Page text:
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AstraZeneca COVID shots not recommended for under 55s in Canada: govt source

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A scientific committee advising Ottawa on COVID-19 vaccines was to recommend Monday halting use of the AstraZeneca shot for people aged under 55, a government source told AFP.

Manitoba and Quebec provinces were first to heed the new National Advisory Committee on Immunization and Health (NACI) guidelines that were based on safety concerns, following reports of rare blood clots in some patients who got the vaccine overseas.

Health Canada and NACI doctors were scheduled to provide details at an afternoon briefing.

“To date, no cases of (blot clots) have been reported in Canada,” Health Canada said in a statement. “However, through our ongoing international collaboration, Health Canada has become aware that additional cases of these events have been reported in Europe.”

The NACI earlier this month urged giving AstraZeneca shots only to people aged 18 to 64, then revised its recommendation to include people of 65 and over.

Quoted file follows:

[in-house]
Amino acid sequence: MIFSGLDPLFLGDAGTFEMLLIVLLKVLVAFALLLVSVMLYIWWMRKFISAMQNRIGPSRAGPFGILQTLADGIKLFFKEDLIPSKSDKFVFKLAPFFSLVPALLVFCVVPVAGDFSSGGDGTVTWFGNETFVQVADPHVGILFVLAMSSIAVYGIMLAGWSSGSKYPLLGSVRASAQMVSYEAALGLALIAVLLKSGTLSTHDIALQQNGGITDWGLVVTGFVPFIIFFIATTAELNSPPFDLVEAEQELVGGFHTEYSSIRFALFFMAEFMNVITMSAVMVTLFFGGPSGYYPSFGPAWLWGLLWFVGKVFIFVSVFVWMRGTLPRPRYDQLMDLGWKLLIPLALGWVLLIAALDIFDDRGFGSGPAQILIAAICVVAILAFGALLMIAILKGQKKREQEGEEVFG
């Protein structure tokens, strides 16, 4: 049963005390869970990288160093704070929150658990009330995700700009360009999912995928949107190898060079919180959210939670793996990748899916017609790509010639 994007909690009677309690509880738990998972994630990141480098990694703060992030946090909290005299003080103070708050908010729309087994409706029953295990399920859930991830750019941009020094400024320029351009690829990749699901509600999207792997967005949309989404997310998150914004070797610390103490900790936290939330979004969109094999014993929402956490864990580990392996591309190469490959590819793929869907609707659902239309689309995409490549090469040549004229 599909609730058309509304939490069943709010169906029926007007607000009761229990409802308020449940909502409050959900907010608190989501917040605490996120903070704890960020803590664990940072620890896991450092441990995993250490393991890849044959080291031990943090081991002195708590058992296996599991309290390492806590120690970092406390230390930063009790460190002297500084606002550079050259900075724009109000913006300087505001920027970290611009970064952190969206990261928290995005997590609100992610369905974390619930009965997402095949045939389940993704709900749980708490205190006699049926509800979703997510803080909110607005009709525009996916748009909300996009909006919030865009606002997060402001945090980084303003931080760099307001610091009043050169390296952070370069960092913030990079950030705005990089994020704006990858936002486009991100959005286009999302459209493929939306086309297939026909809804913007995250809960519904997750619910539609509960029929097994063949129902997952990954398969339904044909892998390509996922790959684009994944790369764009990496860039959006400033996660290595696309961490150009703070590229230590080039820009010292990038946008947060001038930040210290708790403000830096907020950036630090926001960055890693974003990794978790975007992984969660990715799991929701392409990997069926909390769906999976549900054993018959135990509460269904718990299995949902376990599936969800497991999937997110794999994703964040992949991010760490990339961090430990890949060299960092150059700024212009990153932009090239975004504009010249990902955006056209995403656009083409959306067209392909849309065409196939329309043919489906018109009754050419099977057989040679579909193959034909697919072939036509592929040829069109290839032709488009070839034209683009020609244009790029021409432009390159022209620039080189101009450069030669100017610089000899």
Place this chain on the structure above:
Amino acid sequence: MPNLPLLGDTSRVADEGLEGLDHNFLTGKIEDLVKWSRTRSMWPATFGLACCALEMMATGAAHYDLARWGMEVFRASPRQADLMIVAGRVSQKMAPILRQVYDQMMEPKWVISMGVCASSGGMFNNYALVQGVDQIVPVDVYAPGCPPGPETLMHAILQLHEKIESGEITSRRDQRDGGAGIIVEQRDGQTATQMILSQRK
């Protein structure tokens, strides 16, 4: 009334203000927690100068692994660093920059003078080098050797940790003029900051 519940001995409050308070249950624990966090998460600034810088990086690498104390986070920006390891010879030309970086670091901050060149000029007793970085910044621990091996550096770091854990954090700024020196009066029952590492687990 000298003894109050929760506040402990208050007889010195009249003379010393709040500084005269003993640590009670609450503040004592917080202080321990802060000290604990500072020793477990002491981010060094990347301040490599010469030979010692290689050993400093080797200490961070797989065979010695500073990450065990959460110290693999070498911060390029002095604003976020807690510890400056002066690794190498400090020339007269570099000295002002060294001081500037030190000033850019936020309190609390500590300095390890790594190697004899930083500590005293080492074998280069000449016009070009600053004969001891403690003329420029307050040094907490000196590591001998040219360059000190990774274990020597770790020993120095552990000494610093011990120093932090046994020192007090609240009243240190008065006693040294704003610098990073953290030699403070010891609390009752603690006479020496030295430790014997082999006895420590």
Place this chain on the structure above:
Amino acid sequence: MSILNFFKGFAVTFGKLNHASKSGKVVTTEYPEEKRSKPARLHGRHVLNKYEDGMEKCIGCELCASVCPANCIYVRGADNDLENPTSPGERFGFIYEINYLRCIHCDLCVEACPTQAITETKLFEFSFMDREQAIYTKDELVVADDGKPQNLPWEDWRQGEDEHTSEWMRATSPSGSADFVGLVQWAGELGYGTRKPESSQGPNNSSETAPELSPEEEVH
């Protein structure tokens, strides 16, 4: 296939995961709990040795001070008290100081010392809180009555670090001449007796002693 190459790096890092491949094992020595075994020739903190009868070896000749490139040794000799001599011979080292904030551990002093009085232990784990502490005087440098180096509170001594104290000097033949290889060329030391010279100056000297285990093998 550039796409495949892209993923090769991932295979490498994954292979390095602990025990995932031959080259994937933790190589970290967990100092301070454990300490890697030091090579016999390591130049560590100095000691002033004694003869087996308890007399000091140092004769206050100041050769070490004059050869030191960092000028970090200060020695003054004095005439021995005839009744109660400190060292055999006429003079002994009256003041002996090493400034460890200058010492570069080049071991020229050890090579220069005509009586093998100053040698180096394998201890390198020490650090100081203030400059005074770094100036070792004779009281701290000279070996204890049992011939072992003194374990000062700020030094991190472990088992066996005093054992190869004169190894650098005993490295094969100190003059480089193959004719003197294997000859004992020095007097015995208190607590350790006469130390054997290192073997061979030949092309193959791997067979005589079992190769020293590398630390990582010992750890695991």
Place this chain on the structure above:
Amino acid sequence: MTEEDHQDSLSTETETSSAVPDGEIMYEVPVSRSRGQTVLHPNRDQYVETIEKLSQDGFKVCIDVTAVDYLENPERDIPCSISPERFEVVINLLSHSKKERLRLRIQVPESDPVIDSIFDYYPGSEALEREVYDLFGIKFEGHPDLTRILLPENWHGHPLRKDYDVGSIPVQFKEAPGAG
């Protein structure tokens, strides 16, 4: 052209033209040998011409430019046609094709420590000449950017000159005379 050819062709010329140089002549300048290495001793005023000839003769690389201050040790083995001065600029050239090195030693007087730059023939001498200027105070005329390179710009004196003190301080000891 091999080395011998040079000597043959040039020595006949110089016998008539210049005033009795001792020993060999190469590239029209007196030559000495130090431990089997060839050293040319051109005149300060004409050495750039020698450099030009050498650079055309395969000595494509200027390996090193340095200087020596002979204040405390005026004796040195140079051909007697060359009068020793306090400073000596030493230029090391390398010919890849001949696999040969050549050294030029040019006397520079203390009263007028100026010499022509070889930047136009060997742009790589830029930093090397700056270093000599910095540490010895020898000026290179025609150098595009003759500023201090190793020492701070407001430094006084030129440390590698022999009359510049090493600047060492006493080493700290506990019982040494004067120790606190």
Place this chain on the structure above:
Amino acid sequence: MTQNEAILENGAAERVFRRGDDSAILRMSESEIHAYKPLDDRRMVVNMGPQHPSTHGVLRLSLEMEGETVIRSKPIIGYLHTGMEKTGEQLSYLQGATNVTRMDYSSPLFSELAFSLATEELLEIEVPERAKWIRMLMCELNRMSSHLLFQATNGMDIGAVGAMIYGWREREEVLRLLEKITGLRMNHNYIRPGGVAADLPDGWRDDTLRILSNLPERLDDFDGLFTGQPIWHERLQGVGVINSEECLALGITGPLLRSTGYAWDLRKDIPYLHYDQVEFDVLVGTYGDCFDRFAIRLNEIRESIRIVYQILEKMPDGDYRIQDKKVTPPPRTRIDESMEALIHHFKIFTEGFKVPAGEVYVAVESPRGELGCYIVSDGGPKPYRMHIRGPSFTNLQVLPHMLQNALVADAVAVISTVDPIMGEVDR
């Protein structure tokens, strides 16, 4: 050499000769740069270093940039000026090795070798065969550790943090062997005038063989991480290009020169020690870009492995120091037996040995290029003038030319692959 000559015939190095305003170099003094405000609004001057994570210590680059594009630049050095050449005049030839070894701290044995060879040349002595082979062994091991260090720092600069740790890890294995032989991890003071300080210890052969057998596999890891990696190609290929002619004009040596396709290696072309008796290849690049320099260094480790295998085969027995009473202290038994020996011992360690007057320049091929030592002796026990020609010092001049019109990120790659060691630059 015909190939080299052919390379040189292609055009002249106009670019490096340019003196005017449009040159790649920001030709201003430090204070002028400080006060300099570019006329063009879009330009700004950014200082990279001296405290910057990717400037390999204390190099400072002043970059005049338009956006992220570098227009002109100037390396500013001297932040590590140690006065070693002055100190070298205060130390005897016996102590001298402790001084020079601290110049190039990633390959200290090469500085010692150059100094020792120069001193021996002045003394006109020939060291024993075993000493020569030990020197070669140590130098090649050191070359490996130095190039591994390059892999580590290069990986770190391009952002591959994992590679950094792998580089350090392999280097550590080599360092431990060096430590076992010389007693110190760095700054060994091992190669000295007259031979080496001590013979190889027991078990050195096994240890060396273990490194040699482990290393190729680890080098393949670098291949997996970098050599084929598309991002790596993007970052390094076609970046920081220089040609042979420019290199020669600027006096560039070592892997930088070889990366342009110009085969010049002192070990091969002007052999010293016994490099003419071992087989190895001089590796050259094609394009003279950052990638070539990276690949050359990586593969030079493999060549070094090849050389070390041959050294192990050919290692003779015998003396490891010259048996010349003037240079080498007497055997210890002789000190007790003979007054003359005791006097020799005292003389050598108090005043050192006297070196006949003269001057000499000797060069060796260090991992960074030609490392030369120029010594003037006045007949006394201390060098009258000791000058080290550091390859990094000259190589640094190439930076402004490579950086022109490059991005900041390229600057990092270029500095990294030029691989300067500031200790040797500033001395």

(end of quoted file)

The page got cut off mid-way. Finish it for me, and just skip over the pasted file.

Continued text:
Canada is scheduled to receive 1.5 million surplus AstraZeneca doses from the United States, which has yet to approve its use domestically, on Tuesday.

Separately, Canada has ordered 20 million AstraZeneca shots plus another two million doses of the same formula made by the Serum Institute of India.

But as of last week it had distributed only about 500,000 doses made by the Serum Institute. Few went to younger people, according to local reports.

The AstraZeneca vaccine has had a rollercoaster ride, with Britain, which developed it, staunchly supporting its use, South Africa outright rejecting it, and more than a dozen EU nations suspending shots in mid-March before most restarted rollouts but with a patchwork of age limits.

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